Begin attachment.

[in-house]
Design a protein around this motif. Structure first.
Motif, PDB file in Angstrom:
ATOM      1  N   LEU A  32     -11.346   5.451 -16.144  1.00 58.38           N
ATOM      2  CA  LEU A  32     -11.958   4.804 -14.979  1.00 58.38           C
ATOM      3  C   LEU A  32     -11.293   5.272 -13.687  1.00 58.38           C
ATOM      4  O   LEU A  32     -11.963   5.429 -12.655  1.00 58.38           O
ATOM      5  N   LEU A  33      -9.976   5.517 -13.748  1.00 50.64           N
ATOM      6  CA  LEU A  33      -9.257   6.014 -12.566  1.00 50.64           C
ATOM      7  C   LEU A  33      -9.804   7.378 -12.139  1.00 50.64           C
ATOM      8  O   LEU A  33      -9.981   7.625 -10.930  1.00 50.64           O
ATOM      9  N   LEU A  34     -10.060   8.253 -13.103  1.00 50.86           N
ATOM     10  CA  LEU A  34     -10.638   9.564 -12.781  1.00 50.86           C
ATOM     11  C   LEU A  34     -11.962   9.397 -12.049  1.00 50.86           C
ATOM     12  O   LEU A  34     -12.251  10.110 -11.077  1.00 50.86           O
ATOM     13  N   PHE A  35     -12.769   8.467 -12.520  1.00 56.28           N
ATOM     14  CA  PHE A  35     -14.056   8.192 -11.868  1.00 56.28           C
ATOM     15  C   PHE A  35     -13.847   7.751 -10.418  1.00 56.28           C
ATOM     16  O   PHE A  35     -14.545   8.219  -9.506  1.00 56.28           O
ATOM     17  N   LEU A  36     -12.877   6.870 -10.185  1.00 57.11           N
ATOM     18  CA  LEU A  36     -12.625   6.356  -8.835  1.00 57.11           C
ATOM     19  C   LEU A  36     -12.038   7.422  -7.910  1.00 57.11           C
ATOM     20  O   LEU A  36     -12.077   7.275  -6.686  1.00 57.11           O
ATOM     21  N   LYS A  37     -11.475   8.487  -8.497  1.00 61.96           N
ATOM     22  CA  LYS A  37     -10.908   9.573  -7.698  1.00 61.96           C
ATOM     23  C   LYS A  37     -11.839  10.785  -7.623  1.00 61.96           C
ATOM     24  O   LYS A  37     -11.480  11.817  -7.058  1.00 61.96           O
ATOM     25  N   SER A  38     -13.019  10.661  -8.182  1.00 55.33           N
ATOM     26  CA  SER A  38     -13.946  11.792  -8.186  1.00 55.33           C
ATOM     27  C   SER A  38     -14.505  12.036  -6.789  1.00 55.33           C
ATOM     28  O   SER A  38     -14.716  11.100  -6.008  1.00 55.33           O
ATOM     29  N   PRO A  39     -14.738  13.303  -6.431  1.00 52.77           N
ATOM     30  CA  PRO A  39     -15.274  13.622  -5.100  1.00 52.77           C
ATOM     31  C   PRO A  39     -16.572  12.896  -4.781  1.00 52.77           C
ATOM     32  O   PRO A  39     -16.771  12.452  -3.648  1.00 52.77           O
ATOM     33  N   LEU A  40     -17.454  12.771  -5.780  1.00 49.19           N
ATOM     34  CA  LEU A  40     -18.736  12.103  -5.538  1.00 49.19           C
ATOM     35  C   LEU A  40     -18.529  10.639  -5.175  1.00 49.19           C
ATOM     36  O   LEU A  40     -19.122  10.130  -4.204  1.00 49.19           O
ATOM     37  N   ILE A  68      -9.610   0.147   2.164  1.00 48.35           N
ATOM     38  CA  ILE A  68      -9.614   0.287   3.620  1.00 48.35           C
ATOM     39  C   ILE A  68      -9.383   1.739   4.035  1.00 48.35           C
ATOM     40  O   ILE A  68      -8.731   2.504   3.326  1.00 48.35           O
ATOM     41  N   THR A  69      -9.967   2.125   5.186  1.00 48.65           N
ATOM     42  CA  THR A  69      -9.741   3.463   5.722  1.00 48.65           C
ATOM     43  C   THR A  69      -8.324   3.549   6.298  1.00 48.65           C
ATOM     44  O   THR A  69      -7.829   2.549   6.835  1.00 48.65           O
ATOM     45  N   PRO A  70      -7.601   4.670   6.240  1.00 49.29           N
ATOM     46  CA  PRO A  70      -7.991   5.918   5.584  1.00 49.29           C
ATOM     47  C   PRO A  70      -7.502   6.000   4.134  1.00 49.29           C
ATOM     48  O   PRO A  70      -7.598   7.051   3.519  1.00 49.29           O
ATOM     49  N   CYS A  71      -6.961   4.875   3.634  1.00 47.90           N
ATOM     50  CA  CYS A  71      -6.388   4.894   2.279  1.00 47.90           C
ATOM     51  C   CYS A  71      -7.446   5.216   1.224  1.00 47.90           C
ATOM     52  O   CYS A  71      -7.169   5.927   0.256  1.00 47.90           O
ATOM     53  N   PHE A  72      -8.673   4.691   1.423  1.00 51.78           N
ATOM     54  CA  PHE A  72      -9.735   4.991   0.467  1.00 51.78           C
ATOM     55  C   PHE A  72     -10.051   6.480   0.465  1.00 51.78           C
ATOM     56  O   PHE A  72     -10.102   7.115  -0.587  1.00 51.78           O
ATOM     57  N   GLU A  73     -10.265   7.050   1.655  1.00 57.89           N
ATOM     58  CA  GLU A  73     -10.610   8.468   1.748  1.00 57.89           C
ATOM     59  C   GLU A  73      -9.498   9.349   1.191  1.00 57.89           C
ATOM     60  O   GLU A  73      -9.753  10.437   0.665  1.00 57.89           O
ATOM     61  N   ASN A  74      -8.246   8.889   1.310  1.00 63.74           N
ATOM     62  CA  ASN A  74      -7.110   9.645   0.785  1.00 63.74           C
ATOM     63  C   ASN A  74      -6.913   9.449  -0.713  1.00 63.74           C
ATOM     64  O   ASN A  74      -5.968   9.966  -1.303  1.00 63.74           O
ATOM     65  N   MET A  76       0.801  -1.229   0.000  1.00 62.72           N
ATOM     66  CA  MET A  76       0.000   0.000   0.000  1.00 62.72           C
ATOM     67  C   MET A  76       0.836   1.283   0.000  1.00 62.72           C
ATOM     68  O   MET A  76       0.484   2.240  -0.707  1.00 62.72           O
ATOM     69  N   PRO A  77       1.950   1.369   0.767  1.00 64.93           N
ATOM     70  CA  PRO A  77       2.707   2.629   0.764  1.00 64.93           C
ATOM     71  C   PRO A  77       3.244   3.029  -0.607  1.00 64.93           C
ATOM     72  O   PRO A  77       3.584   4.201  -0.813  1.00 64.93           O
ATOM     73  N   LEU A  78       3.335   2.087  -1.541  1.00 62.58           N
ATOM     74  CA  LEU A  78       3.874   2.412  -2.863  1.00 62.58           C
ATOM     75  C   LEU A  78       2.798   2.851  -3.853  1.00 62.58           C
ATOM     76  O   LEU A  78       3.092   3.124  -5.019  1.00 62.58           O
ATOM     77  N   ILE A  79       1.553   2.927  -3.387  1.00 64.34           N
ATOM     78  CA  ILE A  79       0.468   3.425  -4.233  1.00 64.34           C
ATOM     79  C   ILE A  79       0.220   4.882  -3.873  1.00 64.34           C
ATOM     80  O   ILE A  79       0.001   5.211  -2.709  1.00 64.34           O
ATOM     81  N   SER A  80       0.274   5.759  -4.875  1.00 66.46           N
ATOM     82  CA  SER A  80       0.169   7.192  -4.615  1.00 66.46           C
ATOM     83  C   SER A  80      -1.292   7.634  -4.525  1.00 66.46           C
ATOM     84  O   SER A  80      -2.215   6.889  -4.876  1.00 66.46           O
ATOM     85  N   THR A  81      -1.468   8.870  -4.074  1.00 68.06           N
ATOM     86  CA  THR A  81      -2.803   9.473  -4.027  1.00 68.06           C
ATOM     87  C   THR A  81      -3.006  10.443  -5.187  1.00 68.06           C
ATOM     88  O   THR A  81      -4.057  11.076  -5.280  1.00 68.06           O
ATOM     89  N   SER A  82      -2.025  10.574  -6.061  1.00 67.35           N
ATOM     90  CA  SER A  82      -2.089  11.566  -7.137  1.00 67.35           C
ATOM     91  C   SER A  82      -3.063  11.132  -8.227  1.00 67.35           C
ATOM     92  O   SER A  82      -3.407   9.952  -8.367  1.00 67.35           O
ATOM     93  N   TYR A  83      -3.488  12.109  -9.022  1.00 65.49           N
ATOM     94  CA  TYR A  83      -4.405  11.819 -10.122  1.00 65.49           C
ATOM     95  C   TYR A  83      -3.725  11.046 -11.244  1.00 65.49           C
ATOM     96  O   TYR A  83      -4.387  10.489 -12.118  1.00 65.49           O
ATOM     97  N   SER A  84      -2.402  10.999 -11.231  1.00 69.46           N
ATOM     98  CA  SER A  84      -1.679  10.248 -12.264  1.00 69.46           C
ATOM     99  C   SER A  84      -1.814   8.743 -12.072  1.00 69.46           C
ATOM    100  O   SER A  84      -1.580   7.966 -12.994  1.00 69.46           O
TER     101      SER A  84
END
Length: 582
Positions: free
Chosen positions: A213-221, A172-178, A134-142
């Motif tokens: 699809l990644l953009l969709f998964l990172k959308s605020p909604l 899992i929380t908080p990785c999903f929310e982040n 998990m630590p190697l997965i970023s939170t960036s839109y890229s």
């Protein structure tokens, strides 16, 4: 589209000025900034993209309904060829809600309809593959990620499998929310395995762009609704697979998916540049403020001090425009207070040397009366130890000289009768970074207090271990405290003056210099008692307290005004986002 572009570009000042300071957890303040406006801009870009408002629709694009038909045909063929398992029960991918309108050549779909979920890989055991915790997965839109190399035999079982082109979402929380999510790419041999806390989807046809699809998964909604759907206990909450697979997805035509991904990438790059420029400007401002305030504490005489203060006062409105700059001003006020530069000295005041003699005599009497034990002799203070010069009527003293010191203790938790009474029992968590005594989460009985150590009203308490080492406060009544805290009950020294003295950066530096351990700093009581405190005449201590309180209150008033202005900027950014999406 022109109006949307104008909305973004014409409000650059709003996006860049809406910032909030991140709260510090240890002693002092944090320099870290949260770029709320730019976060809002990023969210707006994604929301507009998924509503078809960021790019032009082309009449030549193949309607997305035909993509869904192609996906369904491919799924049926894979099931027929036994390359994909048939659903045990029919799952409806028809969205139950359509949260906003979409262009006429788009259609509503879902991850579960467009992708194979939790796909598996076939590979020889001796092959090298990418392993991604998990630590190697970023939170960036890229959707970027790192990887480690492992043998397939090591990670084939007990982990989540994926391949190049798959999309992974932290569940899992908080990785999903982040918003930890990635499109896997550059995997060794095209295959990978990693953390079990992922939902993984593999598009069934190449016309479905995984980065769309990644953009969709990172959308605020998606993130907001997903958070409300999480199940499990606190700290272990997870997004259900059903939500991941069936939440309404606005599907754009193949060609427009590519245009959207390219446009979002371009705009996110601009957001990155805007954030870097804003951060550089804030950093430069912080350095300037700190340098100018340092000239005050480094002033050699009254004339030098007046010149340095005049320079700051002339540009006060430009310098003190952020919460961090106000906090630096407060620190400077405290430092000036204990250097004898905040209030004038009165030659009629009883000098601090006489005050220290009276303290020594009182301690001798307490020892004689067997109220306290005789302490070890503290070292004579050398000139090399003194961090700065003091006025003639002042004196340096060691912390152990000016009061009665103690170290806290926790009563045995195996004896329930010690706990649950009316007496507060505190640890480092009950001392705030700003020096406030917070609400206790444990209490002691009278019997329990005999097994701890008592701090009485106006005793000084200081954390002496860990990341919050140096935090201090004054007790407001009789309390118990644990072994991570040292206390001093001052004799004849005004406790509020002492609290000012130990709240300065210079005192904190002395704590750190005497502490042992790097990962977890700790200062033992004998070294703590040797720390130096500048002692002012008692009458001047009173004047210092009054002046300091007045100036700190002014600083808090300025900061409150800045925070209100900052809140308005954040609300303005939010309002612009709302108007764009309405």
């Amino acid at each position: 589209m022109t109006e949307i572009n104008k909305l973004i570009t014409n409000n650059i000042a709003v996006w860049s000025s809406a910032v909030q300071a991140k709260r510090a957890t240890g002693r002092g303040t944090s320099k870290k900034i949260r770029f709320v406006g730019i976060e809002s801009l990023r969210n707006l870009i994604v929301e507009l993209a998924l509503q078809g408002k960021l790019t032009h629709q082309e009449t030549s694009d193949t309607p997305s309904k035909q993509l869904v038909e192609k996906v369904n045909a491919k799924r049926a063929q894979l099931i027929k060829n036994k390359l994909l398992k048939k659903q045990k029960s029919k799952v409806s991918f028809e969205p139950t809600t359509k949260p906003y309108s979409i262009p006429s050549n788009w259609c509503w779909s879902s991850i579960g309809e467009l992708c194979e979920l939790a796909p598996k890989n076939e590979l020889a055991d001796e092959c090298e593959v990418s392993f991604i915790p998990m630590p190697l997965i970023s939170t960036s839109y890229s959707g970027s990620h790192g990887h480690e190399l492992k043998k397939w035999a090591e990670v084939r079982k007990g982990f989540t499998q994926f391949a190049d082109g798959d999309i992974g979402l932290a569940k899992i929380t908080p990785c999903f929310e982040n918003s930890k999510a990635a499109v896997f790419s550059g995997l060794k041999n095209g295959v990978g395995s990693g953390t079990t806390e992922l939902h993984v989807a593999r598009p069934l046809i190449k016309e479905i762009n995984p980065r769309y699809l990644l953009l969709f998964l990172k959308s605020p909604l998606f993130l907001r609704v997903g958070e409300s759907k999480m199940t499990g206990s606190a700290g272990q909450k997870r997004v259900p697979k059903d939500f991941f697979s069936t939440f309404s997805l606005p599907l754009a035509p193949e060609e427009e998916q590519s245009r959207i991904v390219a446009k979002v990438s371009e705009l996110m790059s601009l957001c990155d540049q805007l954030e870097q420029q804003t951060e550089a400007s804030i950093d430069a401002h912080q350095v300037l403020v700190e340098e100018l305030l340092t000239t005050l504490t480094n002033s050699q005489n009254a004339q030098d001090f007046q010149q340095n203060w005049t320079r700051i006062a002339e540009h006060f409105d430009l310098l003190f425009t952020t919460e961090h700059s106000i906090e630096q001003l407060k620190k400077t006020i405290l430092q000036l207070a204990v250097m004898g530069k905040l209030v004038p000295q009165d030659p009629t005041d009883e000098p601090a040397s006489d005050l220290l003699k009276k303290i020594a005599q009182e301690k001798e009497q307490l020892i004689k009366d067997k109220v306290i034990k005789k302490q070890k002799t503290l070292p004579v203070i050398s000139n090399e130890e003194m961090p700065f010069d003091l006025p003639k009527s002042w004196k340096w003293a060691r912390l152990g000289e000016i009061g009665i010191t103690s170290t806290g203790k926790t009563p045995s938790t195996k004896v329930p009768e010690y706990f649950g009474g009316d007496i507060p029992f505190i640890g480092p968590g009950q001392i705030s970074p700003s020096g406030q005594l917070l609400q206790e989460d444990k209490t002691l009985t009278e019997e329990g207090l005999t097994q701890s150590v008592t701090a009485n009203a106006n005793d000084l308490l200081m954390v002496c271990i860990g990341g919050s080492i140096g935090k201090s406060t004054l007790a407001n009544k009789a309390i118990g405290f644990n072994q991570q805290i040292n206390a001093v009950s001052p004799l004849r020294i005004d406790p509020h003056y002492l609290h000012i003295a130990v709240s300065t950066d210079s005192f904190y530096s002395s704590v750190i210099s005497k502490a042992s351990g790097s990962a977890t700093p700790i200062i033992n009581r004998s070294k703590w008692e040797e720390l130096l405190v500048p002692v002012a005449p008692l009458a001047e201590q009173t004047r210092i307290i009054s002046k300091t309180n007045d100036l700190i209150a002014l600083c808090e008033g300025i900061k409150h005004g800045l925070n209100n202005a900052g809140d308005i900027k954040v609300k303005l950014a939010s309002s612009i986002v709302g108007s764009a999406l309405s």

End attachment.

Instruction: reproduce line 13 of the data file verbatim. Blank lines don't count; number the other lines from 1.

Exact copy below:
ATOM     10  CA  LEU A  34     -10.638   9.564 -12.781  1.00 50.86           C